The Prediction of Students' Academic Performance With Fluid Intelligence in Giving Special Consideration to the Contribution of Learning.

Ren X, Schweizer K, Wang T, Xu F - Adv Cogn Psychol (2015)

An illustration of the measurement model including the constant and positioncomponents of reasoning as two independent latent variables and theindividual items of each reasoning test as manifest variables (the model ofthe figure reasoning includes 19 manifest variables, and the model of thenumerical reasoning includes 22 manifest variables).
© Copyright Policy - open-access
Related In: Results  -  Collection

License
Show All Figures
getmorefigures.php?uid=PMC4591514&req=5

Figure 2: An illustration of the measurement model including the constant and positioncomponents of reasoning as two independent latent variables and theindividual items of each reasoning test as manifest variables (the model ofthe figure reasoning includes 19 manifest variables, and the model of thenumerical reasoning includes 22 manifest variables).
Mentions: The representation of the position effect for each reasoning test required afixed-links model including two latent variables: the constant component and theposition component. Figure 2 illustrates themeasurement model including the constant and position components of reasoning andthe individual items of each reasoning test serving as manifest variables. Theloadings of the constant component were kept constant since this component wasindependent of item positions and contributed almost equally to all individualitems. The loadings of the position component were determined by a quadraticfunction (e.g., 1, 4, 9…) that described the influence of complex learning onthe position effect—that is, a small increase may occur at the first fewpositions whereas a steep slope is achieved as one progresses through the test. Asimple linear function was also considered to represent the position effect for acomparison. This linear function simply means that learning increases linearly astesting continues from the first to last items. These two fixed-links models wereaddressed as Linear- and Quadratic models. Since there was the necessity to relatethe binomial distributions of the binary reasoning items to the normal distributionsof the latent scores, a link transformation for eliminating effects due to such adiscrepancy was adopted (cf. McCullagh & Nelder,1985). This transformation was accomplished by weights serving asmultiplier to each true component of the measurement models.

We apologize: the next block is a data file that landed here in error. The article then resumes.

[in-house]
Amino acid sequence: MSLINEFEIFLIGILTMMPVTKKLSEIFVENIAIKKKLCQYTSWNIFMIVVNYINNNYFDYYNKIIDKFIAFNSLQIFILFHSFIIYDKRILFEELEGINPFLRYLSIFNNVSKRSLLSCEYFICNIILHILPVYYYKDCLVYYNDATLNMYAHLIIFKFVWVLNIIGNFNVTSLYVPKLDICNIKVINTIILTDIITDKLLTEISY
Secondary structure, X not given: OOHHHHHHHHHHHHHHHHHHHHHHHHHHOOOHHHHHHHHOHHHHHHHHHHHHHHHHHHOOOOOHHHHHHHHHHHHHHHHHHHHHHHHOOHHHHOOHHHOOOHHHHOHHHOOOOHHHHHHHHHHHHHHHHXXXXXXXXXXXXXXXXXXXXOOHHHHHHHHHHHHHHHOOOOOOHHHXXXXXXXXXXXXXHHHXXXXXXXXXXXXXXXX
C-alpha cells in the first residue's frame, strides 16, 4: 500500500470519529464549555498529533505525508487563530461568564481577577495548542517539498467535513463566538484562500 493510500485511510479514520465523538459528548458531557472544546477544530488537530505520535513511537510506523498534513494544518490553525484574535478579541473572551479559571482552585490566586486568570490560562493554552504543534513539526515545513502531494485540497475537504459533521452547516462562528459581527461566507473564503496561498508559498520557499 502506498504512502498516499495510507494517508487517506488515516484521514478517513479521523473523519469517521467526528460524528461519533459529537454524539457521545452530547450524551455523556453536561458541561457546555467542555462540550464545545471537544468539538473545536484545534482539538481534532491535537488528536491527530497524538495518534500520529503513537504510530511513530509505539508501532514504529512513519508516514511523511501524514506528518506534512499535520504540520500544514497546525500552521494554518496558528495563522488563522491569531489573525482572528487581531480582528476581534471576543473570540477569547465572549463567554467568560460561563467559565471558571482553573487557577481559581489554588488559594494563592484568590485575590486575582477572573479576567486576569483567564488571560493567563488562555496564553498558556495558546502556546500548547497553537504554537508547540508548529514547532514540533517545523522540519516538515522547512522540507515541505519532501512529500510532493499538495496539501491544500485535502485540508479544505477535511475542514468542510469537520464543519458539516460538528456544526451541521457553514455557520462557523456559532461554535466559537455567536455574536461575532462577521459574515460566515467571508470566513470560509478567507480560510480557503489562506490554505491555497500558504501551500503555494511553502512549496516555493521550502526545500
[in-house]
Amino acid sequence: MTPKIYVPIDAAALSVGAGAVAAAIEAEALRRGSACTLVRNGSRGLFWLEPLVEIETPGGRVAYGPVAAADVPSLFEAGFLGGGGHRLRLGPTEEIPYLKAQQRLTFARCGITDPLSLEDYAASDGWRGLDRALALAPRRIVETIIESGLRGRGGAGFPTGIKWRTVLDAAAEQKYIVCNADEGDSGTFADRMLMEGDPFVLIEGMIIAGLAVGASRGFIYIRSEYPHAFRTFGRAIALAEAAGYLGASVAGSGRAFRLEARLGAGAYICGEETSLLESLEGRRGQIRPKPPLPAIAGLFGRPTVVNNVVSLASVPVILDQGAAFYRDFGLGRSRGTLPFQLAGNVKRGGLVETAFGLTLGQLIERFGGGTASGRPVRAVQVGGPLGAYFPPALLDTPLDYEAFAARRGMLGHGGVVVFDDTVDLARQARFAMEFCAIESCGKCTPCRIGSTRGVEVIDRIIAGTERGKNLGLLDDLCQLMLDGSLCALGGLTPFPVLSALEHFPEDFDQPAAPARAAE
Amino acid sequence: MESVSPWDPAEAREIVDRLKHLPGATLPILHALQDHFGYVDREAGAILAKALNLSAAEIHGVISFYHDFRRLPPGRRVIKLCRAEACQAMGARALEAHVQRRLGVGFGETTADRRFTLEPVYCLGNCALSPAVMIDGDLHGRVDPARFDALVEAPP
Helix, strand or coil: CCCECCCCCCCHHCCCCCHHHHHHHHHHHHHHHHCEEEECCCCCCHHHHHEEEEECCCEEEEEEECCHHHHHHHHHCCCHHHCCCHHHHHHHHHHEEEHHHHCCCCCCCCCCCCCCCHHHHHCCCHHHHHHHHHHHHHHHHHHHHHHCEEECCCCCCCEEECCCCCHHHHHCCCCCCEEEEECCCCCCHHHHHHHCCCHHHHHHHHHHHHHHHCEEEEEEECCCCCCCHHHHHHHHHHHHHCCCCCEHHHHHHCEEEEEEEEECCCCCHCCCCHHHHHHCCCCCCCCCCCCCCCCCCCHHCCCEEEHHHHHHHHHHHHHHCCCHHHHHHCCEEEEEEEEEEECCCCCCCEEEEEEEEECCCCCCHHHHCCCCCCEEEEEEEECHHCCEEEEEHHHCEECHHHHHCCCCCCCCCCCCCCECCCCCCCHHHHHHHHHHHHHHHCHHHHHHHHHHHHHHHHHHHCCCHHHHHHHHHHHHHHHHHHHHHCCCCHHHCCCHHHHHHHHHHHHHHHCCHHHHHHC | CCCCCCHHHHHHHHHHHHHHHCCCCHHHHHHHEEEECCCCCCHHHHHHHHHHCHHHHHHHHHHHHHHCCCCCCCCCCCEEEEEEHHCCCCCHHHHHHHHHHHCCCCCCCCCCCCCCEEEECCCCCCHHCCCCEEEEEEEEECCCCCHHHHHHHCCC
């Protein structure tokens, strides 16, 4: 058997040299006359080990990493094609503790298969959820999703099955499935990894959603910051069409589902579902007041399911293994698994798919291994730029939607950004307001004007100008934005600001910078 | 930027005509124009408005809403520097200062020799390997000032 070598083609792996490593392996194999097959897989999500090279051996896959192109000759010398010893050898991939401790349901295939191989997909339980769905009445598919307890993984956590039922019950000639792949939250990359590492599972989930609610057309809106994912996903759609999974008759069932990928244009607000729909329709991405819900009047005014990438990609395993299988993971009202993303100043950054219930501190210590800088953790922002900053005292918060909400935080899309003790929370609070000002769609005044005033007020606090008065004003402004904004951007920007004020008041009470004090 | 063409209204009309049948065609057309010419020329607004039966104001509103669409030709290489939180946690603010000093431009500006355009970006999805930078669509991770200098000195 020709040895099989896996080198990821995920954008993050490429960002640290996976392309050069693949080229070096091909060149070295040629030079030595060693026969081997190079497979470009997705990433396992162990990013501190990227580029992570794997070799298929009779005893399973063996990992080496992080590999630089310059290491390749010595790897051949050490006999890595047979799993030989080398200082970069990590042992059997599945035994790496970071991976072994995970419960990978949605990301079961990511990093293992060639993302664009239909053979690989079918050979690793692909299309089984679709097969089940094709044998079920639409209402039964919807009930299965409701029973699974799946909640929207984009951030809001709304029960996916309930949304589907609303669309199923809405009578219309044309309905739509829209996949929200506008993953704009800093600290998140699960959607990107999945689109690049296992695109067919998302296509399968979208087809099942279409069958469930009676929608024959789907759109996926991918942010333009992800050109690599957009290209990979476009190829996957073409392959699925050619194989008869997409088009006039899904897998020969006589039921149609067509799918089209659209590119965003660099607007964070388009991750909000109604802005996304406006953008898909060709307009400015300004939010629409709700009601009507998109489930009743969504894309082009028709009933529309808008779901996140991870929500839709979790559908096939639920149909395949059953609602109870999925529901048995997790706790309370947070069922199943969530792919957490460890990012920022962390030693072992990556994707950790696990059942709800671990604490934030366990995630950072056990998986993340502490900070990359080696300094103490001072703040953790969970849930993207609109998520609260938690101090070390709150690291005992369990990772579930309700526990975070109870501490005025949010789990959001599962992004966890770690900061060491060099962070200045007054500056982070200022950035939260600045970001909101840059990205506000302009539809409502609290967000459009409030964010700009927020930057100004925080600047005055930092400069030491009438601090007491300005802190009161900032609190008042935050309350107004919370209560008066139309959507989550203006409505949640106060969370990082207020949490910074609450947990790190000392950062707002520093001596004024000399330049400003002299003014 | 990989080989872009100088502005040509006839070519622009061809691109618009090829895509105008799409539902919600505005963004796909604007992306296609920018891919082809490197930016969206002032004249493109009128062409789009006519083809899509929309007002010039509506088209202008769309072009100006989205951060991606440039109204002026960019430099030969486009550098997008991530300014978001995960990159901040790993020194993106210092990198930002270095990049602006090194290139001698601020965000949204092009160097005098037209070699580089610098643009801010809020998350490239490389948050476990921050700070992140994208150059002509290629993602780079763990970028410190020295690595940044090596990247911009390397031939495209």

Bottom Line: The fluid intelligence data were decomposed into a learning component that was associated with the position effect of intelligence items and a constant component that was independent of the position effect.Results showed that the learning component contributed significantly more to the prediction of math and verbal performance than the constant component.Furthermore, the results were in line with the expectation that learning was a predictor of performance in school.

View Article: PubMed Central - PubMed

Affiliation: School of Education, Huazhong University of Science & Technology, Wuhan 430074, China ; State Key Laboratory of Cognitive Neuroscience and Learning, Beijing 100875, China.

ABSTRACT
The present study provides a new account of how fluid intelligence influences academic performance. In this account a complex learning component of fluid intelligence tests is proposed to play a major role in predicting academic performance. A sample of 2, 277 secondary school students completed two reasoning tests that were assumed to represent fluid intelligence and standardized math and verbal tests assessing academic performance. The fluid intelligence data were decomposed into a learning component that was associated with the position effect of intelligence items and a constant component that was independent of the position effect. Results showed that the learning component contributed significantly more to the prediction of math and verbal performance than the constant component. The link from the learning component to math performance was especially strong. These results indicated that fluid intelligence, which has so far been considered as homogeneous, could be decomposed in such a way that the resulting components showed different properties and contributed differently to the prediction of academic performance. Furthermore, the results were in line with the expectation that learning was a predictor of performance in school.

No MeSH data available.